Day 12 Daily Connection Challenge:
Perform 1-2 small and simple acts of service or kindness today for a friend or family member. Plan 2 bigger acts of service to do in the next week for somebody that you would like to improve your relationship with. Think of a group act of service that you could join in or help organize to bless somebody you know that has a need.

Thank you for joining me for Day 12 of 31 Days of Connection! Have a beautiful day and I’ll see you back here for Day 13!


Connection Through Love Languages

Welcome to Day 11 of 31 Days of Connection! Have you missed one of the posts? Stop by Day 1 to get the links to all 31 days. Have you been following along with the daily challenges? Don’t forget to grab your 2 free printables to help you get through the challenges!

connection Connection Through Love Languages

Have you heard of the Love Languages? Gary Chapman wrote a book in 1995 talking about the 5 ways that love is expressed in marriage. Since then, he expanded the idea for children, singles, the workplace, and more. He came up with these 5 love languages: receiving gifts, quality time, words of affirmation, acts of service, and physical touch. I’m not saying that the 5 love languages should only be considered in marriage or that they are the only ways to express love. The love languages are a helpful tool to discover how you can be more effective when you are trying to improve the connection with family and friends. (If you don’t know what your primary love language is, you can click and take a test online.)

When you realize that there are different ways to express love and friendship, you can try figuring out what ways might best appeal to those around you. When you take the time to know people better and connect with them in a way that means more to them than maybe it does to you, you strengthen that relationship. And when you realize that the ways you perceive love and appreciation may be different than the ways your spouse, family member, friend, or even coworker are expressing that love and appreciation, you will benefit and have an improved connection.


I’ll use myself as an example. My primary love language is words of affirmation (followed very closely by acts of service – almost a tie). That doesn’t mean that I don’t fully appreciate physical touch, gifts, etc! It does mean that if you give me words of affirmation, I hold those very near and dear to my heart and they have a greater value to me. In fact, words of affirmation from family, friends, teachers, coworkers, and even strangers mean so much to me that I have saved those words over the years in my mind – almost in a virtual scrapbook. Words of affirmation create a special connection for me, even if I don’t talk to or see the person very often.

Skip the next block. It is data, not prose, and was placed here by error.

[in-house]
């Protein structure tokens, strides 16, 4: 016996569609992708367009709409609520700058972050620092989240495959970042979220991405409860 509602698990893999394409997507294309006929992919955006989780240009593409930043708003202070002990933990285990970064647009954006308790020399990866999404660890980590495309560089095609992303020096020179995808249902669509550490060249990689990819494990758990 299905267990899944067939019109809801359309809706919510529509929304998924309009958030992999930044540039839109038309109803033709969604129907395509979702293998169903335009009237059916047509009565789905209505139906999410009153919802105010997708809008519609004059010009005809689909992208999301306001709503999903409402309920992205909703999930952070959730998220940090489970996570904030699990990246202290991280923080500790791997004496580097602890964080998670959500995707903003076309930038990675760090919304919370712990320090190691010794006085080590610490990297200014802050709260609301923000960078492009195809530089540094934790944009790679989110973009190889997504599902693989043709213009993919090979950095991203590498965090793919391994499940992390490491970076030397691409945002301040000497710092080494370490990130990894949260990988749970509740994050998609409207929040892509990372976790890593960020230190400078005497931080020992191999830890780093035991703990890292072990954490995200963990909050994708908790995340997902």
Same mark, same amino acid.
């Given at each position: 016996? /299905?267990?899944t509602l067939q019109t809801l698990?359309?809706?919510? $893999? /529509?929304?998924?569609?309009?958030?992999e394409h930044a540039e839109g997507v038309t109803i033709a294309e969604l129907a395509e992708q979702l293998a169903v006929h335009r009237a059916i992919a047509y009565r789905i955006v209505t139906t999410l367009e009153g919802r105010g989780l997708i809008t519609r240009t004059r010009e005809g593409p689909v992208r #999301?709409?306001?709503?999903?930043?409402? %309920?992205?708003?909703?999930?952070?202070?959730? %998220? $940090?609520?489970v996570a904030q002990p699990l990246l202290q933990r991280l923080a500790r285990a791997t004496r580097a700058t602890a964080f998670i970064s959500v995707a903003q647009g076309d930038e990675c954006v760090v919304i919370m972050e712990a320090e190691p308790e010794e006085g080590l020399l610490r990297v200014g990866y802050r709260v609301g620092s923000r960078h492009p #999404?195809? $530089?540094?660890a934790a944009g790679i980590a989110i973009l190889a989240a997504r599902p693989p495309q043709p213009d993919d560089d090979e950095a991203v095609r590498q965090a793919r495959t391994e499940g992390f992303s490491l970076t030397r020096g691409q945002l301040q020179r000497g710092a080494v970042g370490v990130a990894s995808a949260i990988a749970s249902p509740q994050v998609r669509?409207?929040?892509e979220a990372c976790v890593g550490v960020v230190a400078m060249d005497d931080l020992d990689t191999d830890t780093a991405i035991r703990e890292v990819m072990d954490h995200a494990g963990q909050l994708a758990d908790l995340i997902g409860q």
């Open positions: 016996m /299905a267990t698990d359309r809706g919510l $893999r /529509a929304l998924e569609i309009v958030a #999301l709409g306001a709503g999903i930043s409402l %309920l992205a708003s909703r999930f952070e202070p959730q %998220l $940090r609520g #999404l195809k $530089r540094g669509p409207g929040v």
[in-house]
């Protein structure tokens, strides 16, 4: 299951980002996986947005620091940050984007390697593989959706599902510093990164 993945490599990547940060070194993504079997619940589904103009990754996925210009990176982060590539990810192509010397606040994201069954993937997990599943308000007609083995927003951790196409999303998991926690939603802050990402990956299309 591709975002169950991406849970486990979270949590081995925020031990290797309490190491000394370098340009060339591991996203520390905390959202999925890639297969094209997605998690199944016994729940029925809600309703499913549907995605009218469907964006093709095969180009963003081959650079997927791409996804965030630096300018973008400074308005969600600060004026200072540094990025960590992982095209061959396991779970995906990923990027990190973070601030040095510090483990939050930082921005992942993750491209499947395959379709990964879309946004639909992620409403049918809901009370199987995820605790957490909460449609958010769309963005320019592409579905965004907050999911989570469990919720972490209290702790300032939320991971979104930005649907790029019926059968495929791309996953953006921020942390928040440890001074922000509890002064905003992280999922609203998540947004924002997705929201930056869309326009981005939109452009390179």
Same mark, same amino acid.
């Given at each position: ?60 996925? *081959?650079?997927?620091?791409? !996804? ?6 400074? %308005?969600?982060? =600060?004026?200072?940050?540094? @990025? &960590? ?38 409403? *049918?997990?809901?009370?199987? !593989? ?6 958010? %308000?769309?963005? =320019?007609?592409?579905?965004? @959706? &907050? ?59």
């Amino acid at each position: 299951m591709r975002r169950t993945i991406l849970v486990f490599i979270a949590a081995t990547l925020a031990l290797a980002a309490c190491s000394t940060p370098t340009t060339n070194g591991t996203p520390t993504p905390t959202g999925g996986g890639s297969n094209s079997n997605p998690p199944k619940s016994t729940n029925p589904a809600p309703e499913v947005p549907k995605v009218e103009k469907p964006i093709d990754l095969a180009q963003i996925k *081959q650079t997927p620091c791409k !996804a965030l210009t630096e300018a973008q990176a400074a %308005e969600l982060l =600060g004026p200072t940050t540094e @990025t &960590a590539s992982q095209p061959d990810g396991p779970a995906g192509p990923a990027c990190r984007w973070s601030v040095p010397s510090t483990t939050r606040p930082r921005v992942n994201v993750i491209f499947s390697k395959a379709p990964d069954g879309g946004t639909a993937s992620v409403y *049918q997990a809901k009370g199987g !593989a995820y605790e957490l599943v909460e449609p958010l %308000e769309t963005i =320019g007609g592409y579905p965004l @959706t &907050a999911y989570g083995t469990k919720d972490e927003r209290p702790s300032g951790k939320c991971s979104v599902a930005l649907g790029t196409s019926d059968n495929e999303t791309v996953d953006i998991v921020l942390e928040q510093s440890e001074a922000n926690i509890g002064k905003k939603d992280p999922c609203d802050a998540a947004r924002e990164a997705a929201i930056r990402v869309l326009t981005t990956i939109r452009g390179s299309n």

I won’t discuss each love language in detail, though I have already posted about connecting through touch and will be talking about acts of service tomorrow. If you are not familiar with the love languages, I do recommend checking out the website or reading one of the books, if for no other reason than to understand how people connect in different ways. And though you can’t go around asking everybody to tell you what their primary love language is, you can often figure it out. People tend to express love and appreciation for others in their own personal primary love language, so that might give you a clue. Using the love languages can help you find new ways to strengthen your connection with the people closest to you.

Day 11 Daily Connection Challenge:
Figure out what your primary love language is or what you think it might be. Pick 1 or 2 people – family or friends or coworkers – and try to figure out what their primary love language might be. Try to improve your connection with those people this week by doing something for them in their primary love language rather than your own, if different.


Thank you for joining me for Day 11 of 31 Days of Connection! Are you working on connecting better with your family and friends? How is it going? Let me know in the comments! I’ll see you right back here for Day 12, friends.

Connecting By Phone

Welcome to Day 10 of 31 Days of Connection! Find links to all the posts on Day 1. And remember to click here to get the posts delivered right to your inbox!


Connecting By Phone